The construction of the HADES underground research laboratory demonstrated that it is feasible to build an industrial-scale waste repository in poorly indurated clay.
Since excavation began in 1980, the excavation and construction technology used to create shafts and galleries has changed dramatically. HADES was completed in two phases. The first section was built in the 1980s during what was known as the pioneering era. The laboratory was extended in the late 1990s using industrial techniques to demonstrate the technical and economic feasibility of constructing a waste repository at great depth in poorly indurated clay and to study the impact of excavation on safety.
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|Freezing the clay||Manual excavation||Concrete gallery lining|
Work on the first shaft began in 1980, which stretched down 190 metres through water-bearing layers of sand. The sand was pre-frozen, a technique often used in mine construction to prevent shafts filling with water during excavation. In those days, however, people had little experience of excavating tunnels in poorly indurated clay at great depth. Based on the results of the geomechanical survey, the clay was expected to close relatively quickly during excavation. To prevent this, it was decided to freeze the clay down to 240 metres. The first gallery was excavated manually in frozen clay at a depth of 225 metres and was supported with cast-iron rings. Once the clay thawed, it was found that its creep radte was relatively low and that there was enough time to install support to prevent the clay closing up. In 1984, as a test, an experimental shaft and gallery were excavated without freezing the clay. Concrete blocks were used as support, which proved to be just as effective as cast-iron rings, but less expensive. Excavating in unfrozen clay and using concrete blocks as support instead of cast iron represented significant progress during this pioneering period.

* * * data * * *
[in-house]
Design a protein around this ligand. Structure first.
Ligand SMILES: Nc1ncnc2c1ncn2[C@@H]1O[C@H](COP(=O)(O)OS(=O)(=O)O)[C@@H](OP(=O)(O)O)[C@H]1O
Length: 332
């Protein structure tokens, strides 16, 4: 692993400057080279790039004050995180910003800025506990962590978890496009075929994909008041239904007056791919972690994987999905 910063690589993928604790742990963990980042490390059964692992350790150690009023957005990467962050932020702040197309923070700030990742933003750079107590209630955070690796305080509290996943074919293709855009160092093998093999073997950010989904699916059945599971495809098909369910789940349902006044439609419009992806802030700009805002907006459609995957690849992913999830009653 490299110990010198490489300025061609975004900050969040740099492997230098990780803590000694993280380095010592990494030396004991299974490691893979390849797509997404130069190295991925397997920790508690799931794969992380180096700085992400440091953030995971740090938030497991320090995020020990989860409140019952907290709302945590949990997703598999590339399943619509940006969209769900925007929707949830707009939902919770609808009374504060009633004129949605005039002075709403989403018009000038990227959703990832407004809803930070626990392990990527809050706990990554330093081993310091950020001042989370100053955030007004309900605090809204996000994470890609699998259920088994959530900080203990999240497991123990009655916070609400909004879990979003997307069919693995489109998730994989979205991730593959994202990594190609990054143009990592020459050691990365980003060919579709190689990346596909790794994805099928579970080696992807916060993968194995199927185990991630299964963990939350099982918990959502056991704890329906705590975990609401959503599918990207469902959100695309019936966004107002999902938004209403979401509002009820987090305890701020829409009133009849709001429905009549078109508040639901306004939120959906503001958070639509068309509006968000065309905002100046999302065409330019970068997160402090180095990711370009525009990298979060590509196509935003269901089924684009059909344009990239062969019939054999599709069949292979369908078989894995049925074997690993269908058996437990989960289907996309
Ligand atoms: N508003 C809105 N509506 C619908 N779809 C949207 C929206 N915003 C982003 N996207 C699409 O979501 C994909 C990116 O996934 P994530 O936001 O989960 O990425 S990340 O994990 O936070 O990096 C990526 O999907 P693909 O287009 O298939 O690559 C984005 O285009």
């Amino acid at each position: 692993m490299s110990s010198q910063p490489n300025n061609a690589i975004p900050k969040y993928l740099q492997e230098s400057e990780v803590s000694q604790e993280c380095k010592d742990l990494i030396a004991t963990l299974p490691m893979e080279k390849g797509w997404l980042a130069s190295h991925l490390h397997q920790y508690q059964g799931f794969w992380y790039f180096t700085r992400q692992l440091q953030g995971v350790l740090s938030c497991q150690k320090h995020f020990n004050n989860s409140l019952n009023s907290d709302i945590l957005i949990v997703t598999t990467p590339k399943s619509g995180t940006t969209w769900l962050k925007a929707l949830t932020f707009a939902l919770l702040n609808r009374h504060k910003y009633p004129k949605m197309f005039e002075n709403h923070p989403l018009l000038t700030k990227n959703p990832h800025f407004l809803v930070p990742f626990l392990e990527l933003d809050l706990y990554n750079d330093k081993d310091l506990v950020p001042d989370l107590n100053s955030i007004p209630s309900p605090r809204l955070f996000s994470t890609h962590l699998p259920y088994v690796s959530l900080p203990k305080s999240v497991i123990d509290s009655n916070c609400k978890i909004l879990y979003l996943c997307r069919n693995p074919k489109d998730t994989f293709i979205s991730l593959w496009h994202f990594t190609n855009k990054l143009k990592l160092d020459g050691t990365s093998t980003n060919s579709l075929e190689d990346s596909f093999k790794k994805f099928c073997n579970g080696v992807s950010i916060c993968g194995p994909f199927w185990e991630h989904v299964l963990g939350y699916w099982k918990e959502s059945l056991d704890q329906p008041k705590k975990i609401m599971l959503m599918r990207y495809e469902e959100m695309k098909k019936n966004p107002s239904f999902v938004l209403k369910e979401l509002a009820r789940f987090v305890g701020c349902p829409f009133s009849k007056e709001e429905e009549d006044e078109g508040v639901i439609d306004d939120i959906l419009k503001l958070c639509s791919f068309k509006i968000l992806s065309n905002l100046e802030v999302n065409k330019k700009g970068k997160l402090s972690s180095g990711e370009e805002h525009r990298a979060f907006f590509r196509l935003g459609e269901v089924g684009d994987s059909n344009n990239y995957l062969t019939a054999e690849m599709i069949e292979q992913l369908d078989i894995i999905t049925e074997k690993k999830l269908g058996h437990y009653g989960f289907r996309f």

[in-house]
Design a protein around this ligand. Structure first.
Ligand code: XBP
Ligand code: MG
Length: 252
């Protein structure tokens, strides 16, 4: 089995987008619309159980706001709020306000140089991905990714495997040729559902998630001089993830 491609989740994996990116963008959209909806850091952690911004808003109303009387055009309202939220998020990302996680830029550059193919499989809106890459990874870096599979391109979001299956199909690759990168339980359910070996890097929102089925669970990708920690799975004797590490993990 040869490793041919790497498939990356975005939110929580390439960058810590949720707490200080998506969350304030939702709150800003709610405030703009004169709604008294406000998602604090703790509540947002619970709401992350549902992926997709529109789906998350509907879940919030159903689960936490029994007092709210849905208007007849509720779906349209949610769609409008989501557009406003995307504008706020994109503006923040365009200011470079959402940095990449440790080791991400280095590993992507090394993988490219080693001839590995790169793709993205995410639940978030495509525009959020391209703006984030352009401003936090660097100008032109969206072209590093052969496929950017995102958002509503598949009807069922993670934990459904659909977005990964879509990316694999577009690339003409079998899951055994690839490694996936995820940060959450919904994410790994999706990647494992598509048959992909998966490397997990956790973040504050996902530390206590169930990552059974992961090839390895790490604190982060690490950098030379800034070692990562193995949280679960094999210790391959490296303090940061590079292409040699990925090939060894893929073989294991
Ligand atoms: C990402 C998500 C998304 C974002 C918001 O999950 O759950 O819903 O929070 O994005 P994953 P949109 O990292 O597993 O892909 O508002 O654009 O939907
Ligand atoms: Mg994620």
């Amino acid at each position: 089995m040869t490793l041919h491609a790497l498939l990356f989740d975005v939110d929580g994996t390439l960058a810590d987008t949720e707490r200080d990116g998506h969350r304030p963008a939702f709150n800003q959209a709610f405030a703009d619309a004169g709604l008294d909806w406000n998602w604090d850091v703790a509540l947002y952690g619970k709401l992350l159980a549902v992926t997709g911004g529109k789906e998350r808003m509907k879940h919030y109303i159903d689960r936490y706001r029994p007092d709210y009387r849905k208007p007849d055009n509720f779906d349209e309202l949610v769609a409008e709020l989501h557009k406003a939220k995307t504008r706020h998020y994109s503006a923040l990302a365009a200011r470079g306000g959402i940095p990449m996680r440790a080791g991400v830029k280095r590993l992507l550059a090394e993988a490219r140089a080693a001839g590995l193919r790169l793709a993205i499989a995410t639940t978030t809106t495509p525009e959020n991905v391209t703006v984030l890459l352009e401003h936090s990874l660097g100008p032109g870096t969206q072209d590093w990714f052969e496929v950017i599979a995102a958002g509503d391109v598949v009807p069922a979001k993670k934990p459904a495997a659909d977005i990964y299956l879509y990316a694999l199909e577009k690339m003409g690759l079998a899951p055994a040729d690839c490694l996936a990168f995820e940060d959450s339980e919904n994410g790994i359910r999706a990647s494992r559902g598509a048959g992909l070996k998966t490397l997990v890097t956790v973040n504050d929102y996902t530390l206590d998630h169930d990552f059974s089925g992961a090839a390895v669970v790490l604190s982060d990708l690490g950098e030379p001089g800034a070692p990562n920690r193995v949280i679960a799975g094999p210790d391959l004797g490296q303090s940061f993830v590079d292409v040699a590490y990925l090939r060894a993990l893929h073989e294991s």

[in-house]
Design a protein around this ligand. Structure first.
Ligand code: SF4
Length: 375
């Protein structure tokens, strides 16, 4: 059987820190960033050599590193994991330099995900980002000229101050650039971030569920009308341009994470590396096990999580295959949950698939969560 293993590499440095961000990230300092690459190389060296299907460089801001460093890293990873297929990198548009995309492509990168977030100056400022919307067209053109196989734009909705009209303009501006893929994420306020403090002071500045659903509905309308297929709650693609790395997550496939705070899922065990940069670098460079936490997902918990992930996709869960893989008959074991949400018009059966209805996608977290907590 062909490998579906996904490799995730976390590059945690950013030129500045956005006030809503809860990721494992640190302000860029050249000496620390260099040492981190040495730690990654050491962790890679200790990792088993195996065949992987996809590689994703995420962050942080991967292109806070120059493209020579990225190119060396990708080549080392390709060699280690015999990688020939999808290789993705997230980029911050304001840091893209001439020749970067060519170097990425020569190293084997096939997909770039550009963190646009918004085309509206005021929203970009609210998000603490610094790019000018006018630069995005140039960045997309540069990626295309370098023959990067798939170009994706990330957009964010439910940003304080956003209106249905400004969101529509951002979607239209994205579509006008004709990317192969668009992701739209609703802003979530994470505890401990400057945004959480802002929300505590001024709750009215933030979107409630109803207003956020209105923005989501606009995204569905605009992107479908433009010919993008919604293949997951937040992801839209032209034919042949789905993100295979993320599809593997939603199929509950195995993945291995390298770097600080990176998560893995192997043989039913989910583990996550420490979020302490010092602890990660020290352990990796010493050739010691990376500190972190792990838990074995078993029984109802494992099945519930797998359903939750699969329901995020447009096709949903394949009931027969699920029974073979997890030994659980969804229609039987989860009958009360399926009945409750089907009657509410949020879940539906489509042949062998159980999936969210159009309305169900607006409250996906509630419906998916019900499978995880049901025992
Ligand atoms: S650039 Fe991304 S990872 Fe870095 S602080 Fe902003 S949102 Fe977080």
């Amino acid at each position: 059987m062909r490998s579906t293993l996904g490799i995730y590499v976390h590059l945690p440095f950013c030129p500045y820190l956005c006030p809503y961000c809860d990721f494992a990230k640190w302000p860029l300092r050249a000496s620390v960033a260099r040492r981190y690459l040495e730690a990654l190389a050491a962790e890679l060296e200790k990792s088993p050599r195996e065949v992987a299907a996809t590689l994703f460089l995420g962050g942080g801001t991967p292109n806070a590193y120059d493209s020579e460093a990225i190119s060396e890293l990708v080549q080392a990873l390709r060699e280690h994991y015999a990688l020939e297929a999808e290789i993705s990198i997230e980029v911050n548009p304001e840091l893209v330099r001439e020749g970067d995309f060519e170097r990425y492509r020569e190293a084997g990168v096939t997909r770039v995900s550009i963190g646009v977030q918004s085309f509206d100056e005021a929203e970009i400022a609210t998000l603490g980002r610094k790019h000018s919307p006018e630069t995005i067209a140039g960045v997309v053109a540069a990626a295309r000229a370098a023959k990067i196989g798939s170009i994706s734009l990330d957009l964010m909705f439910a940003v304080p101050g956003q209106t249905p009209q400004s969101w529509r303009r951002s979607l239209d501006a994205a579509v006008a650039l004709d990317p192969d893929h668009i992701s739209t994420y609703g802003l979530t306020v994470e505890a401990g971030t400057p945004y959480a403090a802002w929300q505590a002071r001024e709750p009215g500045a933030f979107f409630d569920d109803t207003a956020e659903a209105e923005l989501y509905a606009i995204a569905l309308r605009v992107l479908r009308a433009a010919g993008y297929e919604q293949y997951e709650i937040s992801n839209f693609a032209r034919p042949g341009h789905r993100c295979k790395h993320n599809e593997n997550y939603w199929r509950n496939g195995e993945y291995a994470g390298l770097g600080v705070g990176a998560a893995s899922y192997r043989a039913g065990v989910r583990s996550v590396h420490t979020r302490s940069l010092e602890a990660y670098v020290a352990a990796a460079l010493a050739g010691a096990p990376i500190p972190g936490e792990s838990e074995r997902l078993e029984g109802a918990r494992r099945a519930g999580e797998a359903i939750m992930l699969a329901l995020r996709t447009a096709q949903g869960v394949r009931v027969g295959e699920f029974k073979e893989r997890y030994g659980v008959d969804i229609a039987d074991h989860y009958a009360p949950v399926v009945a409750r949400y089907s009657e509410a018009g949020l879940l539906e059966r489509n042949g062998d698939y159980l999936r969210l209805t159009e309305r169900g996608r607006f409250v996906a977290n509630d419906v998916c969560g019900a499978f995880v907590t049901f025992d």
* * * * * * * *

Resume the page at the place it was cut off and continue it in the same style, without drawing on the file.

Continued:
The experimental shaft was then sealed off as part of the RESEAL experiment. This enabled researchers to demonstrate that it is possible to hermetically seal the shafts of a real waste repository using a material with the same favourable properties as Boom Clay, ensuring that radioactive substances cannot escape from the repository by this route.
In 1987 a second gallery 66 metres long was excavated in unfrozen clay and supported with concrete blocks. The excavation work proceeded manually for the most part, at an average speed of 3 metres per week.
|Excavation of second shaft||Industrial tunnelling machine||Excavation of Connecting gallery|
The laboratory was extended in the late 1990s using industrial techniques with the aim of demonstrating the technical and economic feasibility of constructing a waste repository at great depth in poorly indurated clay. After the second shaft was built, the 80-metre Connecting gallery was completed in six weeks using an industrial tunnelling machine. The technique used to excavate the Connecting gallery is similar to that used for underground train tunnels. Both excavation of the clay and installation of the gallery lining were carried out fully automatically. An average speed of 3 metres per day was achieved using this technique, sufficient for building a waste repository. The higher excavation speed and the use of a tunnelling shield, which carves out a smooth surface in the clay onto which the concrete support blocks fit perfectly, also ensure that the clay is much less damaged than it is during manual excavation.
While the work was in progress, the mechanical behaviour of the clay in the excavation-damaged zone was studied using several measuring instruments that had been placed in boreholes in the clay, drilled from inside the second gallery (old section) (CLIPEX and SELFRAC projects).
Finally, the PRACLAY gallery, a side gallery of the Connecting gallery, was built in the same way in 2007, demonstrating that it is possible to join a side gallery at right angles to a main gallery. The construction of this gallery and the installation of a reinforcement structure at the intersection with the main gallery also constitute phase 1 of the PRACLAY experiment.